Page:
Partisans’ Pooya Baktash and Alex Josephson have created an architectural marvel on a heritage estate near Toronto

JAN 30, 2021 | By Sanjukta Ghosh
View of the stairway that's cradled in the folds of the Fold House near Toronto; Photographs courtesy Partisans
The kitchen uses muted and pastel hues; Photographs courtesy Partisans
Elevation of the Fold House; Photographs courtesy Partisans
The pool pavilion witnesses a dip of the roof's curvature; Photographs courtesy Partisans
A foggy spring morning as seen from one of the bedrooms on the upper level; Photographs courtesy Partisans

The one thing that Canadian design firm Partisans focused on when it came to this heritage estate near Toronto was on how to give it a second lease of life.

The estate housed a Georgian revival mansion dating back to the 1870s on the banks of Lake Ontario. It is tucked away behind a stonewall and 200-year-old maple and oak trees. The property included a four-storyed tower, solarium, coach house, barn and guesthouse (within it: Canada’s first-ever heated swimming pool!). 

Christened Fold House, the new, nearly 4,500 sq ft home is concealed in the land’s hilly topography. On the lower part of the hill is the pool pavilion whose floor-to-ceiling sliding glass facade—at 80 x 10 ft—provides sweeping views from a burrowed vantage point.

An external stairway is cradled by the curvature of the roof; Photographs courtesy Partisans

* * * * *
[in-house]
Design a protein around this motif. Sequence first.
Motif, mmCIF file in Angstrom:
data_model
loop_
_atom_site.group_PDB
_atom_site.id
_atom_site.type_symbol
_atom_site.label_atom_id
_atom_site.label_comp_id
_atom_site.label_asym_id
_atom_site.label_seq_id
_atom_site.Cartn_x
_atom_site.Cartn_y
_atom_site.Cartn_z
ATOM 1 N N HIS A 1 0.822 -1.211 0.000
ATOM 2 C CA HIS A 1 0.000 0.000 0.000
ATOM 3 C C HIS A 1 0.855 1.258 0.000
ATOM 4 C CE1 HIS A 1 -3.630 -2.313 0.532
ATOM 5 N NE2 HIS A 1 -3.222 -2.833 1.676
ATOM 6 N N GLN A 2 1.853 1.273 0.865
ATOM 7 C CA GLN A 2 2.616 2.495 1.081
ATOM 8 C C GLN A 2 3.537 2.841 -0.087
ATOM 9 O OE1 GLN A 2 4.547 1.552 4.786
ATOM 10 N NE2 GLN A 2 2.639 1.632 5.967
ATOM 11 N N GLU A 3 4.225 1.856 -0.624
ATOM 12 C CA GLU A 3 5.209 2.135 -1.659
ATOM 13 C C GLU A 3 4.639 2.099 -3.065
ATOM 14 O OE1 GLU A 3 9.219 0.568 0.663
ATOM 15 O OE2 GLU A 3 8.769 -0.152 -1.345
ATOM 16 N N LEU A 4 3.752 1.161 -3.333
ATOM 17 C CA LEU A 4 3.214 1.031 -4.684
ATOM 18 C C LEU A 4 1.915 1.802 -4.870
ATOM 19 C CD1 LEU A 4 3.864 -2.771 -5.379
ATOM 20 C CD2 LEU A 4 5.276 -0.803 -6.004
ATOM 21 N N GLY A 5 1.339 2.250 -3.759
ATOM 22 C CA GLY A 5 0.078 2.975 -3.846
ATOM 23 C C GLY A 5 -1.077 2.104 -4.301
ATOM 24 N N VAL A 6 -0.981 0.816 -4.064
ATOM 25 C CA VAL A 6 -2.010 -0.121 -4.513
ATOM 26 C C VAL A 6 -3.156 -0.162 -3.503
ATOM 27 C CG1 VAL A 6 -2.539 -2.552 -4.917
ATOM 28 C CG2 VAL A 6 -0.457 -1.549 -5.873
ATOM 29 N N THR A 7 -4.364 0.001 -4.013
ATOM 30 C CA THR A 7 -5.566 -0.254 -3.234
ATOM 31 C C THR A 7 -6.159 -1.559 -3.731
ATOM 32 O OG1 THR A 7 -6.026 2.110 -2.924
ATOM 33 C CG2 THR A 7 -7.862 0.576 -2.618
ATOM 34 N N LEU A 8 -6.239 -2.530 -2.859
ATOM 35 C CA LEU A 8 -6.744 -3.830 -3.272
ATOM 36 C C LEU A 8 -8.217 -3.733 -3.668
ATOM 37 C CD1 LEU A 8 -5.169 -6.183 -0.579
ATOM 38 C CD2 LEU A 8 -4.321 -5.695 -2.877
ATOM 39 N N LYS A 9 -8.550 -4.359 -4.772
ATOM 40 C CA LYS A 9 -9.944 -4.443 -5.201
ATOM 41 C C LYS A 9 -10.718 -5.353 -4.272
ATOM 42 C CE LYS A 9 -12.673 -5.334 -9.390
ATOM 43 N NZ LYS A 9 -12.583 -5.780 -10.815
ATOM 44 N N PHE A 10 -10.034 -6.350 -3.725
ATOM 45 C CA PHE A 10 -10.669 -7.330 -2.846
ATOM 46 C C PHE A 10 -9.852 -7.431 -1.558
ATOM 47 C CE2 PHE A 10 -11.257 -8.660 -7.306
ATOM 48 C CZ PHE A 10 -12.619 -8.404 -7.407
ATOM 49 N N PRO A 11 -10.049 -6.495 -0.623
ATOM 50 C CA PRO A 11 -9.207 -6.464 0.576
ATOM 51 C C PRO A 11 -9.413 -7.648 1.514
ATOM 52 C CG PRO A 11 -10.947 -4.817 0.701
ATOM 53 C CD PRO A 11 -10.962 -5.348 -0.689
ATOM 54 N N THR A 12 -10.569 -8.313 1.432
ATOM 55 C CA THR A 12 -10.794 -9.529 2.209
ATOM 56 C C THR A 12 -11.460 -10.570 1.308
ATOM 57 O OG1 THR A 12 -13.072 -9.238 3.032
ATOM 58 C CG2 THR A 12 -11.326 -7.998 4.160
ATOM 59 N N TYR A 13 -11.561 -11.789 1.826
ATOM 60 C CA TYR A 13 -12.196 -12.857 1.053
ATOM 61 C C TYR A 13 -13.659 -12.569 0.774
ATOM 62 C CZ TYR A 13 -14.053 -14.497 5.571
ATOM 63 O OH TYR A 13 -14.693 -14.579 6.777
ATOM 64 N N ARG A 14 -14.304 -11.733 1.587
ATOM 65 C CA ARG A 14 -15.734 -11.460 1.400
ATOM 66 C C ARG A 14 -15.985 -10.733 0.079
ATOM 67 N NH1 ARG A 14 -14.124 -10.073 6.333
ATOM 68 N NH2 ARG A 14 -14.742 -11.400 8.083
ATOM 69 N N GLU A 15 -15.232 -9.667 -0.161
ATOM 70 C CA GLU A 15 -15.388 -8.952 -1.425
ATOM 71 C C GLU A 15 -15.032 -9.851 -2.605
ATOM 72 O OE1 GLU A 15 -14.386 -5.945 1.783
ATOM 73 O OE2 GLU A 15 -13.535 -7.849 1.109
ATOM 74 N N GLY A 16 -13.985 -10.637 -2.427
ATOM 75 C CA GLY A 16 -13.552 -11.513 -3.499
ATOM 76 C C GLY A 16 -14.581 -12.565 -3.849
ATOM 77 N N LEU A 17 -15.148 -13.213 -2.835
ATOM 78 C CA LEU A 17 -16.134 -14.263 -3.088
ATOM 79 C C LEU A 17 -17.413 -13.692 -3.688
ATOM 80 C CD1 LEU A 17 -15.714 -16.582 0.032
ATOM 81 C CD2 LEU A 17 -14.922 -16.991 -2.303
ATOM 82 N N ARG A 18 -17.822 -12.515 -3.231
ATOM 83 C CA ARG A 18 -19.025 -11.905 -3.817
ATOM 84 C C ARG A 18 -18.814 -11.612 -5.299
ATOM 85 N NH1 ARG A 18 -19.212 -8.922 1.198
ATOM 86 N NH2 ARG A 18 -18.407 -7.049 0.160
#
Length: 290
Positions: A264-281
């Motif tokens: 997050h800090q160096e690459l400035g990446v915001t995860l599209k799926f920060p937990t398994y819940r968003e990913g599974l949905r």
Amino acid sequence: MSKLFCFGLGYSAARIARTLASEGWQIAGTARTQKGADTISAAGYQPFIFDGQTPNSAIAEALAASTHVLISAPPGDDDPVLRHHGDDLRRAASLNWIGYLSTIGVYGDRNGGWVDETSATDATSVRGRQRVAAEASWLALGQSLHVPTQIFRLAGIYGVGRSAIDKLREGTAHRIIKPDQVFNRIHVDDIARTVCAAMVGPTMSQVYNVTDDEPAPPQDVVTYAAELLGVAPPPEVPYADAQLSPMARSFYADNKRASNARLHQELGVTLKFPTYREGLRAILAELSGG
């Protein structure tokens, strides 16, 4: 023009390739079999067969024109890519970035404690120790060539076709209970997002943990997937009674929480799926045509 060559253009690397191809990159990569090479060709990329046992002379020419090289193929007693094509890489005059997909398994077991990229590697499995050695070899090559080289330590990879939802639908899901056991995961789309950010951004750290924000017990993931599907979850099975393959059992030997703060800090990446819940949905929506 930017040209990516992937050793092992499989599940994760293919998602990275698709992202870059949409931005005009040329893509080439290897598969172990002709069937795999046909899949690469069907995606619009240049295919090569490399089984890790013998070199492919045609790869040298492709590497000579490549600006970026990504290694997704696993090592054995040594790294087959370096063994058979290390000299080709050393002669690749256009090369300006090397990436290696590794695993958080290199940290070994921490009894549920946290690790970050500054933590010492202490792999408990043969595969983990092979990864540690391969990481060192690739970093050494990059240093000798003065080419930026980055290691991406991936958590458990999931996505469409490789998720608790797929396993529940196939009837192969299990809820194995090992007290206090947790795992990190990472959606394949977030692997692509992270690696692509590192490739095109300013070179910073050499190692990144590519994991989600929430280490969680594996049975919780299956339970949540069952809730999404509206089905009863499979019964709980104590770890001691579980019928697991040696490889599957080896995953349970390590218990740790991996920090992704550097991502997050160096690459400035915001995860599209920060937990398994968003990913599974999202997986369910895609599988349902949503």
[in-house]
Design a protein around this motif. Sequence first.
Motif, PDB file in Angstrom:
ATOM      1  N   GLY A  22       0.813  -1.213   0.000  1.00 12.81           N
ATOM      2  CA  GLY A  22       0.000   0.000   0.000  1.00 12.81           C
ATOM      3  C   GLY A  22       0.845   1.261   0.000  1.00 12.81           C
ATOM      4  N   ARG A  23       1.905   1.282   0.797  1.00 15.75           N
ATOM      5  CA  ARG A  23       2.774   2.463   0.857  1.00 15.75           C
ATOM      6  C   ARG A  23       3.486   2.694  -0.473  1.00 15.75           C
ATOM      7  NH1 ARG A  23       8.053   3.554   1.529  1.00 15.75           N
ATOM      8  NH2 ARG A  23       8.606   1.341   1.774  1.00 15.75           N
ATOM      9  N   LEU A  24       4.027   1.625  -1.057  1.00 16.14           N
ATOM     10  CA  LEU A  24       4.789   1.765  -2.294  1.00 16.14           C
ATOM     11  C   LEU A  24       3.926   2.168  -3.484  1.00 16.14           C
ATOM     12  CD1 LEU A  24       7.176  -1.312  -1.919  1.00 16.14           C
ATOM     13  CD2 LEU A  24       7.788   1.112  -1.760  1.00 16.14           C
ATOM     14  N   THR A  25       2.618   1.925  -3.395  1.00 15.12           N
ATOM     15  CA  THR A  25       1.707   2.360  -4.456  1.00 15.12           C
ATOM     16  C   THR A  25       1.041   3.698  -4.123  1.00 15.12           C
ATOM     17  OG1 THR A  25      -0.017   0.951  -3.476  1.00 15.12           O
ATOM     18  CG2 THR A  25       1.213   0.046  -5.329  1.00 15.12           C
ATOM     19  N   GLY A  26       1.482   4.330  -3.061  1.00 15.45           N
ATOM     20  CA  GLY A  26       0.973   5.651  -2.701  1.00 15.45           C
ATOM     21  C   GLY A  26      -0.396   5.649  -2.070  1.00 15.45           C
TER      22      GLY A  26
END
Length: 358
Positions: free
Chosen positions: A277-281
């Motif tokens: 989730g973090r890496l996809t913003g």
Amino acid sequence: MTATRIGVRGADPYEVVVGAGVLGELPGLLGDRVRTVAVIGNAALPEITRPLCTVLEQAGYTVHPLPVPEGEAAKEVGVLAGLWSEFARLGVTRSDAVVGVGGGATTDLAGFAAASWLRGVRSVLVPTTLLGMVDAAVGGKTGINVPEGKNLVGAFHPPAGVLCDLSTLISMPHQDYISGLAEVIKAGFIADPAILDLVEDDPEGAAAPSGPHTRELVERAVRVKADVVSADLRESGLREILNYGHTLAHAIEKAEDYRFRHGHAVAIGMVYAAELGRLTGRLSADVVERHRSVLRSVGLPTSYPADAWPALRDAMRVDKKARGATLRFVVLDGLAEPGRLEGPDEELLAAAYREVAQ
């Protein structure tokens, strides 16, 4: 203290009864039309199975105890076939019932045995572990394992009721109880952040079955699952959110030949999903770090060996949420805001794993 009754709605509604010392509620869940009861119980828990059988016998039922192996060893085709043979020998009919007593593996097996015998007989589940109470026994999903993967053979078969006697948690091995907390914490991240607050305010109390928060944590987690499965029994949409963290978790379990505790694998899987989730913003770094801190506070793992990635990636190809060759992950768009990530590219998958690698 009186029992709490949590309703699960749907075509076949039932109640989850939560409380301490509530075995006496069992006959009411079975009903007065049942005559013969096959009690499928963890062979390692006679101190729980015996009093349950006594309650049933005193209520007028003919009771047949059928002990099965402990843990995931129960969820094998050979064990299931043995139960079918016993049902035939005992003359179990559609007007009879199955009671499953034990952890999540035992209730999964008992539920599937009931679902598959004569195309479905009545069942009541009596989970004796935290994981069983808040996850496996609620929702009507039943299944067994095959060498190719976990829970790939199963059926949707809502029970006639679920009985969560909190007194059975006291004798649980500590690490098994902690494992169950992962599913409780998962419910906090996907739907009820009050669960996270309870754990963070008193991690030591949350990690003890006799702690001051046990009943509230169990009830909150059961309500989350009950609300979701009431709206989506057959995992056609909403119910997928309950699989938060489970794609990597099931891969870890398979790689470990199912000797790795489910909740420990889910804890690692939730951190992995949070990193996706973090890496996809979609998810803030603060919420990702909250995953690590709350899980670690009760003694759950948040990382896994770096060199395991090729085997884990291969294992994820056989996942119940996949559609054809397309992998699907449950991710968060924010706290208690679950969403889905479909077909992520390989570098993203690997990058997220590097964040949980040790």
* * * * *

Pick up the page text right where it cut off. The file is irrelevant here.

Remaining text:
Partisans’ cofounders Pooya Baktash and Alex Josephson spoke to the homeowner to understand what was required to turn the ageing estate into an architectural retreat. Before you turn away shocked, there’s good reason why this was done! Scott Friedmann, who also works with Partisans, acquired this property in 2014. It burnt down three years later in an accidental fire. But it took many years for Friedmann to speak to Baktash and Josephson about rebuilding the ruined cottage.

The guest house is accessed via a glass door and faces the pool; Photographs courtesy Partisans

The creatives have planned the property such that it reveals itself in phases. At first, it appears as a domino of wood and glass perched on the precipice of the hill. On approaching, another domino almost reveals itself if one views the green roof carefully, which dips down in the middle to cradle a stairway that leads to ensuite bedrooms and a patio. The pool pavilion with a sauna, kitchen and living room and guest house stand nearby. 

The lounge offers breathtaking views of the estate; Photographs courtesy Partisans

“The folding contour, inspired by the hillside, is the theme we’ve carried throughout the home. Simply put, a fold is a bend or crease, and thus, this home is folded into the landscape and given soft corners. We’ve even brought this thought to the material palette to include soft, bent steel and wood,” share Baktash and Josephson. 

This ensuite facility on the level above is accessed via the stairway; Photographs courtesy Partisans

They add, “The facade and interiors deploy compression-bent wood, an artisanal fabrication technique. The roof has a significant curvature that is visually striking. It cradles the cascading external steel staircase and creates a sculptural slope in the white oak ceiling of the pool room.” 

Additionally, the home incorporates a number of sustainable features, including the green roof, exterior insulation, HVAC choices, the use of non-VOC construction materials, etc. With its resources and creativity, Partisans has created an architectural marvel without forgetting all that’s important not just for the family but also the environment. “If people are inspired by our work then I think we have achieved something quite special,” the duo concludes.